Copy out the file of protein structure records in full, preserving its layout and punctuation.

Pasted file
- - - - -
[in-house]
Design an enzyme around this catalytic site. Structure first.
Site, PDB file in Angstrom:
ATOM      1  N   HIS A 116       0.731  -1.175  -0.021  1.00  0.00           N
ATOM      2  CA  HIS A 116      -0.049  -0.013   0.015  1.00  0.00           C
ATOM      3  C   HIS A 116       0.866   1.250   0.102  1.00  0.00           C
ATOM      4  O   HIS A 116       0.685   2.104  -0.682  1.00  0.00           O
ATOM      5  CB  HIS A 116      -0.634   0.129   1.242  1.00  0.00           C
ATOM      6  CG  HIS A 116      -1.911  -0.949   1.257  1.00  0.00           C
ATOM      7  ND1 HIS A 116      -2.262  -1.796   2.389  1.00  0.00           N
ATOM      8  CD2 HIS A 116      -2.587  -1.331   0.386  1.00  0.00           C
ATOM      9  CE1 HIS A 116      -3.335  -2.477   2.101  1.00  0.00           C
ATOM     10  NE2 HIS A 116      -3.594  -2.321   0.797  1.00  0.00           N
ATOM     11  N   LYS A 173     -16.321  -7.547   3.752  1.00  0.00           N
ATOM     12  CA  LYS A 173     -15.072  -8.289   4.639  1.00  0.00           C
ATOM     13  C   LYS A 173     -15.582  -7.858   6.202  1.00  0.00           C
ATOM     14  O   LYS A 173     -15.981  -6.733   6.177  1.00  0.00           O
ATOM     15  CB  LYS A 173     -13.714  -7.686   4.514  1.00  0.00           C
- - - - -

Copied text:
[in-house]
Design an enzyme around this catalytic site. Structure first.
Site, PDB file in Angstrom:
ATOM      1  N   HIS A 116       0.731  -1.175  -0.021  1.00  0.00           N
ATOM      2  CA  HIS A 116      -0.049  -0.013   0.015  1.00  0.00           C
ATOM      3  C   HIS A 116       0.866   1.250   0.102  1.00  0.00           C
ATOM      4  O   HIS A 116       0.685   2.104  -0.682  1.00  0.00           O
ATOM      5  CB  HIS A 116      -0.634   0.129   1.242  1.00  0.00           C
ATOM      6  CG  HIS A 116      -1.911  -0.949   1.257  1.00  0.00           C
ATOM      7  ND1 HIS A 116      -2.262  -1.796   2.389  1.00  0.00           N
ATOM      8  CD2 HIS A 116      -2.587  -1.331   0.386  1.00  0.00           C
ATOM      9  CE1 HIS A 116      -3.335  -2.477   2.101  1.00  0.00           C
ATOM     10  NE2 HIS A 116      -3.594  -2.321   0.797  1.00  0.00           N
ATOM     11  N   LYS A 173     -16.321  -7.547   3.752  1.00  0.00           N
ATOM     12  CA  LYS A 173     -15.072  -8.289   4.639  1.00  0.00           C
ATOM     13  C   LYS A 173     -15.582  -7.858   6.202  1.00  0.00           C
ATOM     14  O   LYS A 173     -15.981  -6.733   6.177  1.00  0.00           O
ATOM     15  CB  LYS A 173     -13.714  -7.686   4.514  1.00  0.00           C